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Movie Review: Kubo and the Two Strings

Pixar are the kings of computer animation, but when it comes to the over century old film technique of stop-motion animation, Laikia Films are the masters at their craft. Over the last decade, Laikia has revived the animated style that almost went extinct in favor of computers with films like Coraline, ParanNorman and most recently The Boxtrolls. The animation studio proved there was still an audience for this lost art that was a cultural phenomena with TV Holiday programing in the 1960s and 1970s. Now Laikia is not only showing they are the best at what they do, but also a force to be reckoned with in the future of film animation with their new film Kubo and the Two Strings.

For those looking for an original story not based on a comic, book or previous film, look no farther than Kubo and the Two Strings. Set in the mystical world of ancient Japan, the film revolves around a young boy named Kubo (Voiced by Art Parkinson) and his mentally unstable mother. Kubo spends his days using his music and magic to tell his stories to the crowds in his village as a street performer. Looking for answers to his family’s mysterious past, Kubo awakens and evil that threatens his life. Kubo, along with his monkey protector (Charlize Theron) and a half man/half beetle samurai (Matthew McConaughey), must set out to find a magical suit of armor that will help vanquish this evil force hunting him down.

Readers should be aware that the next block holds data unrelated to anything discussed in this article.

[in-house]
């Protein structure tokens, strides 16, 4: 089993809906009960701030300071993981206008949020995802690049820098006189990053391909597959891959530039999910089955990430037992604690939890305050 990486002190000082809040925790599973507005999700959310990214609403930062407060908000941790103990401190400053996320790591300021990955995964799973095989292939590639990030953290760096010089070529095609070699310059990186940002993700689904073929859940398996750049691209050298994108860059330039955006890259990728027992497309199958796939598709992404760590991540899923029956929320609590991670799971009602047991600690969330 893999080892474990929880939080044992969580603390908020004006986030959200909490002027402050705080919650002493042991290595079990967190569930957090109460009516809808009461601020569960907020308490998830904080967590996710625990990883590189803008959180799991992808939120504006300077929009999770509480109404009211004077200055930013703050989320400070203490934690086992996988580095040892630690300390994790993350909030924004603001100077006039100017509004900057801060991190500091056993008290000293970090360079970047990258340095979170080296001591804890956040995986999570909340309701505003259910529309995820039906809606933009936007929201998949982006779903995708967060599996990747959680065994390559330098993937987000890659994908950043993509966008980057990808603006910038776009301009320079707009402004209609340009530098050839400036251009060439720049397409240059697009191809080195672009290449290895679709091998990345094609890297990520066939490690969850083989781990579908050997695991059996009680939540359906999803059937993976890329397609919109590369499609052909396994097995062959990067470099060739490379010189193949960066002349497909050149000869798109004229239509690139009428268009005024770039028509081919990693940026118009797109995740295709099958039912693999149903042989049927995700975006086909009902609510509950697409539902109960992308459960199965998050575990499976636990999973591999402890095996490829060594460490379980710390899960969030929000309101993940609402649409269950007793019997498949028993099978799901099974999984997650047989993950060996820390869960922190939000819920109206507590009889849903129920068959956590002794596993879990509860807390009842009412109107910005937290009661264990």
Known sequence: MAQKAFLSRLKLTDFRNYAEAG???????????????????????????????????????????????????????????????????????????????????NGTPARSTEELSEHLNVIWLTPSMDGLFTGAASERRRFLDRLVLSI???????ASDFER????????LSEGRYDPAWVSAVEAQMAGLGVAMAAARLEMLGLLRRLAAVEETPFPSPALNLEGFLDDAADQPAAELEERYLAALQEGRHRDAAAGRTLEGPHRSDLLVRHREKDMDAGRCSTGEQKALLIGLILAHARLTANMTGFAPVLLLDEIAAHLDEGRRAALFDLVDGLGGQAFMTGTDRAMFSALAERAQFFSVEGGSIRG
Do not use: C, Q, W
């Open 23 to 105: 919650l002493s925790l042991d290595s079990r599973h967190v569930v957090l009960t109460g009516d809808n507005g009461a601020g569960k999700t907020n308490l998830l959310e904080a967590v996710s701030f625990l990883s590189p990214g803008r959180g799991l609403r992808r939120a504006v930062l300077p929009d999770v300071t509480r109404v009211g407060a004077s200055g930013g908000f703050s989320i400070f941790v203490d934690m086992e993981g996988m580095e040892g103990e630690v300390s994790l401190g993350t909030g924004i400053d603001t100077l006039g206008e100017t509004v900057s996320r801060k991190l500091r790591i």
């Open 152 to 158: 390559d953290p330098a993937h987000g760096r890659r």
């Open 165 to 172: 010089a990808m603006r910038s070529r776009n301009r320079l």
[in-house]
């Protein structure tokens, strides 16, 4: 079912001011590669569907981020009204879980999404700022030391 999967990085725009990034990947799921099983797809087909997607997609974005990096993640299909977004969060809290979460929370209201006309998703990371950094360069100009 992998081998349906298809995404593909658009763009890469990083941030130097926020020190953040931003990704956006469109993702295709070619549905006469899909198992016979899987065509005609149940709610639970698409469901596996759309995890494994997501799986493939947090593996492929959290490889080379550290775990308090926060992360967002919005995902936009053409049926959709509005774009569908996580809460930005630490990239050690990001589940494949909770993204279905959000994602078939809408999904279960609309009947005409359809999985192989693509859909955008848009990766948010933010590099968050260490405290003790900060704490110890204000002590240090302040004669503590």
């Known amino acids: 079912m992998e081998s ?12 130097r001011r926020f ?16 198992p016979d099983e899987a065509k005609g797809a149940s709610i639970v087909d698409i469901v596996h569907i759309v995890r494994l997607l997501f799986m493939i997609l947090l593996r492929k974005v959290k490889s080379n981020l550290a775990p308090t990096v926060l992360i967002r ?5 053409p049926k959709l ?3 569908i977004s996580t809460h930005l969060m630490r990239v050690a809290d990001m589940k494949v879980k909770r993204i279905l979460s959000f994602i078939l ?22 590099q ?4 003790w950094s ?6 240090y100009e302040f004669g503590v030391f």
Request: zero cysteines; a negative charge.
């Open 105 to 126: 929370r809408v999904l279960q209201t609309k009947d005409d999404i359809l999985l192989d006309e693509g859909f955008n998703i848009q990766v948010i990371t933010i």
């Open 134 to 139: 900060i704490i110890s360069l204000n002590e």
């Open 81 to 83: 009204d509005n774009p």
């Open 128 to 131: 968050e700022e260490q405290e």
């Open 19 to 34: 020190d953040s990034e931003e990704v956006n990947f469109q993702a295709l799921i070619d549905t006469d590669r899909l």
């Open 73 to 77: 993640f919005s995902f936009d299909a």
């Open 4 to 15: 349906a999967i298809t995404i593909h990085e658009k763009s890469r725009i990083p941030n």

Kubo and the Two Strings is the type of movie that deserves to be talked about when it comes to cinematography and Oscar Buzz. Yes, the environment is controlled by the stop-motion animators and factors like weather and nature never come into play, but the fact is Kubo and the Two Strings is the most beautifully shot film of 2016. The size and scope of the ancient Orient world created in the film is something to visually behold. You will stare at the screen as if it was a huge kaleidoscope of colorful images dancing around in a gorgeous visual feast.

From the snowflake on a monkey’s whisker to the battle scenes with some of the best choreographed fights on-screen this year, Kubo and the Two Strings is a wonder to watch. This is not a film to go cheap on. If you can afford the 3-D ticket, pay the extra money and enjoy the beauty on-screen. The only negative to the film would be the final act and the message it attempts to deliver. After seeing numerous magical fights between Kubo and his enemies that surpass many of the big budget live action films in theaters, the film flounders a bit in its lackluster climax that doesn’t live up to the rest of the film’s big moments. Even with a somewhat “that’s it?” type of ending, you can’t ignore the stunning spectacle Laikia delivers with Kubo and the Two Strings. In this film’s case, one can survive on beauty alone.

Overall, I give Kubo and the Two Strings 3 out of 4 stars.

Follow T.M. on Twitter @tmpowellCW44 and become a fan on Facebook.

Read all T.M.’s reviews here–>Entertainment Now with T.M. Powell

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